Here's a little prototype I've been working on which adds a simple battery backpack to the Raspberry Pi Zero.

- Youtube link
- Archive.org mirror
- Torrent
- Keybase mirror
- Source files


So as you can see, this little thing fits within the footprint of the Pi Zero, and it turns the Zero into a pocketable computer you could use for different local wifi and bluetooth applications.

It takes two AAA batteries, and depending on the quality of the batteries you get, you can expect 2-3 hours runtime. I chose AAA over lipo batteries, firstly because of the simplicity of the circuit, but also for the cheaper price, the size, and easy availability of the parts needed.

To use the device, you simply screw the battery backpack onto the Pi Zero. The contacts automatically make a solid connection to the 5v and Ground testpads underneath the computer board. You then add your batteries, and switch it on. Easy

The kind of applications I had in mind for this was for powering things like a pocket piratebox, or some other kind of temporary access point / captive portal.


It consists of the following:

- 2x AAA Batteries
- AAA Battery Springs/Contacts - You can find these on ebay
- The innards from a USB female port
- 3D printed parts
- A switch
- 3.7v to 5v Step up Convertor - The batteries only output 3v, but it seems to handle it fine.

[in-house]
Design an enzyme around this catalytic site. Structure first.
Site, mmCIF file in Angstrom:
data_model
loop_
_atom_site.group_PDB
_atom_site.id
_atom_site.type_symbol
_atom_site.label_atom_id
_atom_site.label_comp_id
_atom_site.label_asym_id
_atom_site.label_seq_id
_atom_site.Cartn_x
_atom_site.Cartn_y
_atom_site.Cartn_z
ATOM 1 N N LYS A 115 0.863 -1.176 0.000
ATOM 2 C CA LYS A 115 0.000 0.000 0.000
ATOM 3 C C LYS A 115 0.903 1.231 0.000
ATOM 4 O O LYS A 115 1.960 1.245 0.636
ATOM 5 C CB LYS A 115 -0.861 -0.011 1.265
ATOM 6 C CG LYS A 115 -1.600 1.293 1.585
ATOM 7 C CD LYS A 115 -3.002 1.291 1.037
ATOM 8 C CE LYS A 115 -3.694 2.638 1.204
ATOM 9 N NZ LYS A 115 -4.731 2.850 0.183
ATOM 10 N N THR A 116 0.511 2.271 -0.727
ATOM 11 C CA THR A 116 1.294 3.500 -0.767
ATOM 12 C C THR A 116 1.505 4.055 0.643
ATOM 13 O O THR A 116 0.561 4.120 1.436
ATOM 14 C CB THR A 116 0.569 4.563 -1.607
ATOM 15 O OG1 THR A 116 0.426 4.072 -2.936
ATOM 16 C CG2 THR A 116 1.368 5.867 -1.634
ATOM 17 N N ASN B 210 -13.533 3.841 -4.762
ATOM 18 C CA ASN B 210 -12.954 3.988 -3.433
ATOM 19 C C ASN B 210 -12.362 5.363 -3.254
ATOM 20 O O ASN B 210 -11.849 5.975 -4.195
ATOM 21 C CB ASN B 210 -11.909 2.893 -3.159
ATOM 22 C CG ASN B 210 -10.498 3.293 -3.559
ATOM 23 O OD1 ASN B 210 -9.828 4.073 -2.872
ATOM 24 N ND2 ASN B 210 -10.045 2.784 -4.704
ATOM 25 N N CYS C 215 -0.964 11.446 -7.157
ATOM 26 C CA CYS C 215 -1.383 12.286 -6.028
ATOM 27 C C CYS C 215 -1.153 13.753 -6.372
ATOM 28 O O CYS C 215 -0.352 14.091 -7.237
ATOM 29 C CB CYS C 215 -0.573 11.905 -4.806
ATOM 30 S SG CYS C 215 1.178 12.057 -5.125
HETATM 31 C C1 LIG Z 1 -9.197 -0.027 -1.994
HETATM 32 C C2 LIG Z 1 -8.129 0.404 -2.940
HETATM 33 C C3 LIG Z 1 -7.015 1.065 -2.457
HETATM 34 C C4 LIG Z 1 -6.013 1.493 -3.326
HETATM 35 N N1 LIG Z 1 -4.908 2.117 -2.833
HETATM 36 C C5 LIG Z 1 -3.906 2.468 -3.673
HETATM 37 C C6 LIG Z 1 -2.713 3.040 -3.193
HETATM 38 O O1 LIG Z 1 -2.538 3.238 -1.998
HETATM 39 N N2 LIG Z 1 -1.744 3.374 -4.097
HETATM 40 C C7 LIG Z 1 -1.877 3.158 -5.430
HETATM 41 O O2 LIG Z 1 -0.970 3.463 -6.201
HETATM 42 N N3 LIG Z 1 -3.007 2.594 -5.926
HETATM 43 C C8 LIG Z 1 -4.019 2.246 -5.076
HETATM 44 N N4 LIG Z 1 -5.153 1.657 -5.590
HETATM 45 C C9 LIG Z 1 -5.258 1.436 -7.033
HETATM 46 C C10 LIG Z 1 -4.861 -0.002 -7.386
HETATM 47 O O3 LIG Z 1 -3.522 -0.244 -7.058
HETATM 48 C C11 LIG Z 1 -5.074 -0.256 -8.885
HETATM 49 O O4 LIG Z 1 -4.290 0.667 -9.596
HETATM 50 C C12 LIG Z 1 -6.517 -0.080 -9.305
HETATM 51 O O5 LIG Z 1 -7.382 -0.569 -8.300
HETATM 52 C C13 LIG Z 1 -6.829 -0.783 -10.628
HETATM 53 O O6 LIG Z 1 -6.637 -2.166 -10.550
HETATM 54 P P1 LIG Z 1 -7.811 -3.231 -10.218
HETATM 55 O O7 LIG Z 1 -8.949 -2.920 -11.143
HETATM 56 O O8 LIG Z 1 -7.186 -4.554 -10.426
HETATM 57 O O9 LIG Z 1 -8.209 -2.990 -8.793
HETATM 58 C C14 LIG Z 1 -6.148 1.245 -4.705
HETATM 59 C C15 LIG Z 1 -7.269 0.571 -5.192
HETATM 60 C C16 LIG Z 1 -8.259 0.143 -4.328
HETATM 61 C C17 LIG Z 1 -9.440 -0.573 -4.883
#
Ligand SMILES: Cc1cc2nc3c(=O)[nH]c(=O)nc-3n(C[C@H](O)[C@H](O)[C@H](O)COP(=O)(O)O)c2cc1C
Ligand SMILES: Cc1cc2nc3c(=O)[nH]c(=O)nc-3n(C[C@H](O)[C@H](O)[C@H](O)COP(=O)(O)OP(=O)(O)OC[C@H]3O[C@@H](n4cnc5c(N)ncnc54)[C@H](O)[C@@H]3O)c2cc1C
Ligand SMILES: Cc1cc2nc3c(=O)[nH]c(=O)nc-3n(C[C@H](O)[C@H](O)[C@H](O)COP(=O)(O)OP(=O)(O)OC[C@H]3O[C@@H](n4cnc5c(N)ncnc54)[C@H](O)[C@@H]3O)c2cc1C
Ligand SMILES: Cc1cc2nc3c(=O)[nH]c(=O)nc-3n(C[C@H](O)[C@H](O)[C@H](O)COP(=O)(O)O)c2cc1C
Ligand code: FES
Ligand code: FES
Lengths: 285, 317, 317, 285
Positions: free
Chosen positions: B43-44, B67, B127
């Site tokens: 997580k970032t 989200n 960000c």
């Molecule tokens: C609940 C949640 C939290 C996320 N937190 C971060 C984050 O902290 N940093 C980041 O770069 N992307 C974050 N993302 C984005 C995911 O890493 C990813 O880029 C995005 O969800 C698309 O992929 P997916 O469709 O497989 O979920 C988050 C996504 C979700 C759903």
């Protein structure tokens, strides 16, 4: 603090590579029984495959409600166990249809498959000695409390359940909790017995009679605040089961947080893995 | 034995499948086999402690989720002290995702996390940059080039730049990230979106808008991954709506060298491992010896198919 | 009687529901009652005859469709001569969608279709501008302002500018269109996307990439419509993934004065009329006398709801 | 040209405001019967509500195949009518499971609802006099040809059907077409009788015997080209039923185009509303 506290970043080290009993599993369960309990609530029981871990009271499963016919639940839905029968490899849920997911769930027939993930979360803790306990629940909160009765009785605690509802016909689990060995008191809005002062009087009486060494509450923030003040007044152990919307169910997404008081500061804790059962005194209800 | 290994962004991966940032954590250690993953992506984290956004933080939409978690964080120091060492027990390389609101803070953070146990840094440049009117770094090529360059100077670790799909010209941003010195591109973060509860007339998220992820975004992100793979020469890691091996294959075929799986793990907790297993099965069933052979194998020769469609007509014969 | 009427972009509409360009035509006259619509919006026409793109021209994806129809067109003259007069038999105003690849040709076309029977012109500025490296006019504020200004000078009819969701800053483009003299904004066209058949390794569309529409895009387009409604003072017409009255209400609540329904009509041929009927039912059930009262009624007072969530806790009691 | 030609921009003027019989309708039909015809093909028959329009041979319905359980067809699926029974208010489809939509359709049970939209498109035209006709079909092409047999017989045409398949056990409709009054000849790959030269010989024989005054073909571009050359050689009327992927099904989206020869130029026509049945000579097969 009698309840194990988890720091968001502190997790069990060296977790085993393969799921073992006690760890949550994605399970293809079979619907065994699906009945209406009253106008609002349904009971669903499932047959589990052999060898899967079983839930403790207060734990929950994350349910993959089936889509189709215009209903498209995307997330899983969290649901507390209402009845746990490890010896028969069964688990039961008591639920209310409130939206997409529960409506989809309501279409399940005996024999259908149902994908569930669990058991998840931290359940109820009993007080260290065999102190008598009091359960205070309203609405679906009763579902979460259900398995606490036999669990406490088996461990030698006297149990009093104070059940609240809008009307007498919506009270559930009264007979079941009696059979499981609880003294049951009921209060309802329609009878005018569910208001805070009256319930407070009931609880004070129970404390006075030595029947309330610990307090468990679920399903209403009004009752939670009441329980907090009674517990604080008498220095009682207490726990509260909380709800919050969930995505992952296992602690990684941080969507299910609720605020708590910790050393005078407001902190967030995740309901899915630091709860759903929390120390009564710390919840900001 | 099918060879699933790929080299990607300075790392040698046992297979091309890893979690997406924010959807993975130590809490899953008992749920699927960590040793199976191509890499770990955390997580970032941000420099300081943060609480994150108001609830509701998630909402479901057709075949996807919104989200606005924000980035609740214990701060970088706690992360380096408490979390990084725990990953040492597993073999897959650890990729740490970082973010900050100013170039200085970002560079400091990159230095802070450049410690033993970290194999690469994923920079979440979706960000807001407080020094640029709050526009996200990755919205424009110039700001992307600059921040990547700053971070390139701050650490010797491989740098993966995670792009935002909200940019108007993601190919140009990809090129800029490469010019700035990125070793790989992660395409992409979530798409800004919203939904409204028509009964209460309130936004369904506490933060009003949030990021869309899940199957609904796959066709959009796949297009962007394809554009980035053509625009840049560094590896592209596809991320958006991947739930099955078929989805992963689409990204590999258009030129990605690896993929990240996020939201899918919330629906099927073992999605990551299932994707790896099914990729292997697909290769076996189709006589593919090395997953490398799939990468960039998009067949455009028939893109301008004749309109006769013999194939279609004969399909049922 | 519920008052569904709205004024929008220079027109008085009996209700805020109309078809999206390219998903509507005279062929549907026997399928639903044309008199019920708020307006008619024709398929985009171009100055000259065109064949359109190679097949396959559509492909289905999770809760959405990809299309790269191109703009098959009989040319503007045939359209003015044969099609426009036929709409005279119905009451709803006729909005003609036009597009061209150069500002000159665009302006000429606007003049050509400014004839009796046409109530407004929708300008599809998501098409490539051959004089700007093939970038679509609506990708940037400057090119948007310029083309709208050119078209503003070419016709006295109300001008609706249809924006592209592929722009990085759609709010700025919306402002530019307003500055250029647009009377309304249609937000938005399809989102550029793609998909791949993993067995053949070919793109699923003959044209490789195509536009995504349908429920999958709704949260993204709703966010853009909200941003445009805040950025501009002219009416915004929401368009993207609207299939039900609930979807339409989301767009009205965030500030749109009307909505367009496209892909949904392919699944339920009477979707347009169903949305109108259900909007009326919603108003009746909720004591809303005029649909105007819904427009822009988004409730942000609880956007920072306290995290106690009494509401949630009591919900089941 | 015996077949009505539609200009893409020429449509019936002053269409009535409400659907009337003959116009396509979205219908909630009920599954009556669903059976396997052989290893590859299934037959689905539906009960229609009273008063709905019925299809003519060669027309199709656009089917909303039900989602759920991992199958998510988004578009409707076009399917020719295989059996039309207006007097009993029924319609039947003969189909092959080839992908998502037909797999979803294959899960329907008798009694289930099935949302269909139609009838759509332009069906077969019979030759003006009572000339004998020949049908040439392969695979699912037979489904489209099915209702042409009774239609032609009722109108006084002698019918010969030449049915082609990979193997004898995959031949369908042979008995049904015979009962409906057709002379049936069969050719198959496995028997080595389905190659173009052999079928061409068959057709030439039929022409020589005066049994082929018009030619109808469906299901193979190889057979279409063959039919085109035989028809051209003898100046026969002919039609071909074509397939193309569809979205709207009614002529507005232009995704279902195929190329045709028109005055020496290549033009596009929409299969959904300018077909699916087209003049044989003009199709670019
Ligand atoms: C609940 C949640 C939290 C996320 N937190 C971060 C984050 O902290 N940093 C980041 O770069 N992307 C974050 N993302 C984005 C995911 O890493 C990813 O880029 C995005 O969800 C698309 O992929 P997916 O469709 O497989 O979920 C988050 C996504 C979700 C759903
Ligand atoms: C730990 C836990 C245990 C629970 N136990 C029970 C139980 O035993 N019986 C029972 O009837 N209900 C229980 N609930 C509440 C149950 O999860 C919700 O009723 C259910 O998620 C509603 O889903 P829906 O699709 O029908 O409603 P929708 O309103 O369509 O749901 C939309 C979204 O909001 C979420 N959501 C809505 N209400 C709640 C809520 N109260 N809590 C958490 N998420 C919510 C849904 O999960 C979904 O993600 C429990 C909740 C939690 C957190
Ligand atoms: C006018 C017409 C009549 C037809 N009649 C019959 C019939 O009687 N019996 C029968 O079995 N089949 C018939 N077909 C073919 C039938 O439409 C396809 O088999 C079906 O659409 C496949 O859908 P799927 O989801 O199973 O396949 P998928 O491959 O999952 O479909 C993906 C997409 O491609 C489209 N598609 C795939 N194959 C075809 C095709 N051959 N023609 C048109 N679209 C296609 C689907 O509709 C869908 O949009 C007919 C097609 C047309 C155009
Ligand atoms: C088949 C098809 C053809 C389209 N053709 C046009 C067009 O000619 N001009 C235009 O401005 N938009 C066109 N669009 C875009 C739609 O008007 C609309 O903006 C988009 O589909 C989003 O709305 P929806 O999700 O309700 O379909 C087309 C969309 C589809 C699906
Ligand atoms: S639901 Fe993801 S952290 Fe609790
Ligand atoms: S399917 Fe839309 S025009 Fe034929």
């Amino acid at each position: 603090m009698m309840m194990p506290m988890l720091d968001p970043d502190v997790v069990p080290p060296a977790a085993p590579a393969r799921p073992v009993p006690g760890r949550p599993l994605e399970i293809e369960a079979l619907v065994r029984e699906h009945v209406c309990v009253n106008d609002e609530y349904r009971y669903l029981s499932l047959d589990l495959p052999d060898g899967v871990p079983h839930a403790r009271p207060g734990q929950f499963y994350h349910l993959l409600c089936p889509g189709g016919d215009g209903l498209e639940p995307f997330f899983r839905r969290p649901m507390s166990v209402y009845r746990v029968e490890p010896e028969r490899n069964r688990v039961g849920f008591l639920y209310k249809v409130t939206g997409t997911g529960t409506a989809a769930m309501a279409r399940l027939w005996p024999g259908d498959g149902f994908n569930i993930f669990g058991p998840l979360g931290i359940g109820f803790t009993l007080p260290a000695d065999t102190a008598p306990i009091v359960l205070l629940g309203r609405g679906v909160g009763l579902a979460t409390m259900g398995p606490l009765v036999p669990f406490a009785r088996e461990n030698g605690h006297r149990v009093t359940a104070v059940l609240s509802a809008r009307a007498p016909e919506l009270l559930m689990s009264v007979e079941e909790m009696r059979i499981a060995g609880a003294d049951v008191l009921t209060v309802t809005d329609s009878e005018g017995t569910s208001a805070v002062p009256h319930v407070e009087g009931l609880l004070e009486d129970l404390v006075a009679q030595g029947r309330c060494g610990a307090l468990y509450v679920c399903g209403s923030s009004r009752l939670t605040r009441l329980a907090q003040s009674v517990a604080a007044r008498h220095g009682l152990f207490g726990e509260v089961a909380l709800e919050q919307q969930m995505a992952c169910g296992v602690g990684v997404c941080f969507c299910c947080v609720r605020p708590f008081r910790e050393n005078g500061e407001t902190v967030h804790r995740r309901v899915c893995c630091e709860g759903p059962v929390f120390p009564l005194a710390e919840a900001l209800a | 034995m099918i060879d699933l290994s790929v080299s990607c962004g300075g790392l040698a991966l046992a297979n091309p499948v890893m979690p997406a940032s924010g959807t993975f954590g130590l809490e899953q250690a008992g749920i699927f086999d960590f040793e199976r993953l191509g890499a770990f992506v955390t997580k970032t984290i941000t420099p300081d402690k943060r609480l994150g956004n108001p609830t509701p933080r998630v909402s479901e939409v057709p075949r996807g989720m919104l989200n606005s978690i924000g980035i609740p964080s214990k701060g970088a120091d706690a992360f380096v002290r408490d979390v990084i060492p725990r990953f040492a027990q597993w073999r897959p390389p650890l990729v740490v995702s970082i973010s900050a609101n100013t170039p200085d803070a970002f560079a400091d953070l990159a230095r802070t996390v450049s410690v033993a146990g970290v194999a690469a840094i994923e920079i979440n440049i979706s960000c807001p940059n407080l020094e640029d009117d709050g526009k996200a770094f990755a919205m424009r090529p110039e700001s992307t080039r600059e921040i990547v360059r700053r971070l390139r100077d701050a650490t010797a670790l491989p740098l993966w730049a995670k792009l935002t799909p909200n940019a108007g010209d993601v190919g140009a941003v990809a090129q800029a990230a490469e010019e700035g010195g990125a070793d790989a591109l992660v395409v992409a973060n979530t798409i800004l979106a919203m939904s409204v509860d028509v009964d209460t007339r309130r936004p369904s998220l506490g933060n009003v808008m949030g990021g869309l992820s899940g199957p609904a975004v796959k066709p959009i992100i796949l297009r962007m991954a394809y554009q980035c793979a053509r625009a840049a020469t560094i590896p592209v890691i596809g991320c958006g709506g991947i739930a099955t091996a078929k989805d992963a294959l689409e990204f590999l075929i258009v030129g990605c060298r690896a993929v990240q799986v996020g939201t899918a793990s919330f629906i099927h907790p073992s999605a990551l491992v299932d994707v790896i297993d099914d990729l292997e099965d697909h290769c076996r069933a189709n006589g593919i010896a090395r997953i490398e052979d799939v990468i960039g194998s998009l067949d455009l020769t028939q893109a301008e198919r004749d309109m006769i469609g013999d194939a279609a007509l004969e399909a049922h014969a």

- Some thin wires
- 4x M2.5 8mm Screws

The circuit is very simple, connecting the 2 batteries together in series, and then outputting that through the step up convertor board. This takes the 3v from the batteries, and turns it into 5v for the Zero to run on.

The 3D printed part is split into two pieces, the first being the battery enclosure, with space for the springs and contacts, the switch and the little buck convertor.

Then there's the second part which connects directly to the Zero. I used 2 contacts from the female USB port, and they're placed in such a way that when it's screwed in, the contacts are forced up against the testpads underneath the Zero, providing a secure-enough connection.

The 3D source files for this are at the top of the page, so check that out if you want to make your own.


So that's the prototype for the Pi Zero Battery Backpack. A simple little project that may be useful to some of you.

It's worth mentioning that you shouldn't charge the Zero over USB, and have the battery on at the same time. It will mess the batteries up, and might brick your Zero.

Obviously as I develop this, I'll add a cover, or perhaps an enclosure for the entire thing.

Other than that, I just want to say thanks for the continued support, and I'll see you in the next video.